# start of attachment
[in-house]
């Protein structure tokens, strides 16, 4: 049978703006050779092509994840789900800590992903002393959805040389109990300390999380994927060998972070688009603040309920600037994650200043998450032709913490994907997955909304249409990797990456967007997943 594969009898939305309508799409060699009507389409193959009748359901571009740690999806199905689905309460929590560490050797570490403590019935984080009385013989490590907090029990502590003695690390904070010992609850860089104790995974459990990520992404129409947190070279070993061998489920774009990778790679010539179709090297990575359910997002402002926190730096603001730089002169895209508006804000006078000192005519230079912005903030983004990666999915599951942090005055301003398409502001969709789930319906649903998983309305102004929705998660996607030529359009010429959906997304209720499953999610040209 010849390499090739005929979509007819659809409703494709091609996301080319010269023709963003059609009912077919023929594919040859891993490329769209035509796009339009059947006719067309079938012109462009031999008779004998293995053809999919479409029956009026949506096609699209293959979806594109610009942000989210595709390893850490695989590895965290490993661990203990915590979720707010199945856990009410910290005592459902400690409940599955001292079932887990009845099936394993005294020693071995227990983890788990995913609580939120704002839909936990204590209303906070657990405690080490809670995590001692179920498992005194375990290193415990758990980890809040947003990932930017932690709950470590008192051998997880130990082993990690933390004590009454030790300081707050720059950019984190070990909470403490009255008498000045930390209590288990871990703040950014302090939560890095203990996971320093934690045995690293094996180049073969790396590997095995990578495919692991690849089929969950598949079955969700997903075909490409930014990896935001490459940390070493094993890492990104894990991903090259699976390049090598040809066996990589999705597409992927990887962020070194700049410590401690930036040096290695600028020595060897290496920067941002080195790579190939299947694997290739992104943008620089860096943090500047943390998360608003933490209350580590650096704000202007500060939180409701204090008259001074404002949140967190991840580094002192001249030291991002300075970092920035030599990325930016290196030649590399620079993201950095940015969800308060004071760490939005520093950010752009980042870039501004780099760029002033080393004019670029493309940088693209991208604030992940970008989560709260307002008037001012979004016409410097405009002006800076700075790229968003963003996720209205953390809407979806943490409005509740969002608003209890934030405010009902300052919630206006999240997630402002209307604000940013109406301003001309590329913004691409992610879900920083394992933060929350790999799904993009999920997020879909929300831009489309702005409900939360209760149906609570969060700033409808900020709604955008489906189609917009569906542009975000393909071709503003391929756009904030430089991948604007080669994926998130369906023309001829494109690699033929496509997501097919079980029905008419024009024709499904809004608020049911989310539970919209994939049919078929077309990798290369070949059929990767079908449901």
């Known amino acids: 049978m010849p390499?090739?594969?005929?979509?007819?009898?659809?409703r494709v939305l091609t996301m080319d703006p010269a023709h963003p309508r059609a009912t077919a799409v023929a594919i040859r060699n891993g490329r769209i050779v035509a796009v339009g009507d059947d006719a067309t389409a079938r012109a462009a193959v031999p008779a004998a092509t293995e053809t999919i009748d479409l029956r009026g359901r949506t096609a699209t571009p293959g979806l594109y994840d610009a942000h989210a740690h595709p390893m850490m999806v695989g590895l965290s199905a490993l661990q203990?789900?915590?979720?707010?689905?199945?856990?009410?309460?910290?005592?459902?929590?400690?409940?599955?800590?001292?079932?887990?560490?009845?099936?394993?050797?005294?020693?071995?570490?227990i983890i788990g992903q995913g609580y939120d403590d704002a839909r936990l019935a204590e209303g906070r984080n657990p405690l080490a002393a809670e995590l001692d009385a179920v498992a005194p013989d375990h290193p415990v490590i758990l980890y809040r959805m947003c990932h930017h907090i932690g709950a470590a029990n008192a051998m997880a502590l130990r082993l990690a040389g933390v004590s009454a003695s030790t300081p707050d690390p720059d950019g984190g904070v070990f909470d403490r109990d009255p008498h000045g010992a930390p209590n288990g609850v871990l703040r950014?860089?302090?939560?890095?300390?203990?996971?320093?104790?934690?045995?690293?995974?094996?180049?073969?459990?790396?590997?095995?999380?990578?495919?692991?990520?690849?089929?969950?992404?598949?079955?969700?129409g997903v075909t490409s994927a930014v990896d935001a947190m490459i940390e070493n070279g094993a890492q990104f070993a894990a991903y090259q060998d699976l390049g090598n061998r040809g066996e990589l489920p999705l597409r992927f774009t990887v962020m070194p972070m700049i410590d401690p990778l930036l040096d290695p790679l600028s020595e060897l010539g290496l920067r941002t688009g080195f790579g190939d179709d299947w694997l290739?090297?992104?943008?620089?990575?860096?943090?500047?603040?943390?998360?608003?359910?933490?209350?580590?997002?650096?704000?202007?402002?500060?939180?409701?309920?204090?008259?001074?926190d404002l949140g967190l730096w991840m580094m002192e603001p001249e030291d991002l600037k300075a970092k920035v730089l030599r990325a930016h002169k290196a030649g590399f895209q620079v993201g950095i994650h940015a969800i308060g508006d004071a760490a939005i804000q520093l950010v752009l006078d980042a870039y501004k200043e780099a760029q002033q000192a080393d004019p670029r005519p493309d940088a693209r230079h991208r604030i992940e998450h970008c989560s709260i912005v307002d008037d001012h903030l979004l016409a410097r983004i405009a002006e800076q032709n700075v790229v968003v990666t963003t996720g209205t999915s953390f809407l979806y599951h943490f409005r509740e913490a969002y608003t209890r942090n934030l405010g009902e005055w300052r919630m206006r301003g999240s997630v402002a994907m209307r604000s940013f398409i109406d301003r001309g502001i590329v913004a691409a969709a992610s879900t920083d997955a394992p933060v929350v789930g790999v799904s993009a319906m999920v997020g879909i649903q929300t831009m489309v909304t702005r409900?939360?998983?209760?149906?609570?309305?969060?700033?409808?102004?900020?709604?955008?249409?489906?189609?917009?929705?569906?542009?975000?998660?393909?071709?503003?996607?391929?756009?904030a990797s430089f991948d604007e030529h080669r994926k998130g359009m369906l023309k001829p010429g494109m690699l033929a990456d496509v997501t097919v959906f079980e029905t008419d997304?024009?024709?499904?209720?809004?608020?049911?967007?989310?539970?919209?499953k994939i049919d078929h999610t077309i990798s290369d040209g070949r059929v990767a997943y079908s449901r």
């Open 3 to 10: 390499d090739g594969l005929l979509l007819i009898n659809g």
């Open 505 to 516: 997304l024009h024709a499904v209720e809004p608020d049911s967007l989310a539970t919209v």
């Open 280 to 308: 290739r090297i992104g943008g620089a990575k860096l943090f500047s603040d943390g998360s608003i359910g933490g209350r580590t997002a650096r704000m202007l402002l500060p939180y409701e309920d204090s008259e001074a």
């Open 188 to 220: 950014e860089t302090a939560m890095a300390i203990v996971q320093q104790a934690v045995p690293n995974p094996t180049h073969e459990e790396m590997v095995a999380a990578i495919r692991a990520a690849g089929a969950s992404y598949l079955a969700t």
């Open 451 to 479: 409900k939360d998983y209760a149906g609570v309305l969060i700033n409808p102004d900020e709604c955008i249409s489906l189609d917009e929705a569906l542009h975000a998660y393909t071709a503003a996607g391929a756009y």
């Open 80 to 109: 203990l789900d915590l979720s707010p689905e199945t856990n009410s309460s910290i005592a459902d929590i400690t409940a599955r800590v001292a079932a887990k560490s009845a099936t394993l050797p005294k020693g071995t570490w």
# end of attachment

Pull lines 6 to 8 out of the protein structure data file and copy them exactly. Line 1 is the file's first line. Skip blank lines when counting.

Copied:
């Open 280 to 308: 290739r090297i992104g943008g620089a990575k860096l943090f500047s603040d943390g998360s608003i359910g933490g209350r580590t997002a650096r704000m202007l402002l500060p939180y409701e309920d204090s008259e001074a």
């Open 188 to 220: 950014e860089t302090a939560m890095a300390i203990v996971q320093q104790a934690v045995p690293n995974p094996t180049h073969e459990e790396m590997v095995a999380a990578i495919r692991a990520a690849g089929a969950s992404y598949l079955a969700t």
């Open 451 to 479: 409900k939360d998983y209760a149906g609570v309305l969060i700033n409808p102004d900020e709604c955008i249409s489906l189609d917009e929705a569906l542009h975000a998660y393909t071709a503003a996607g391929a756009y």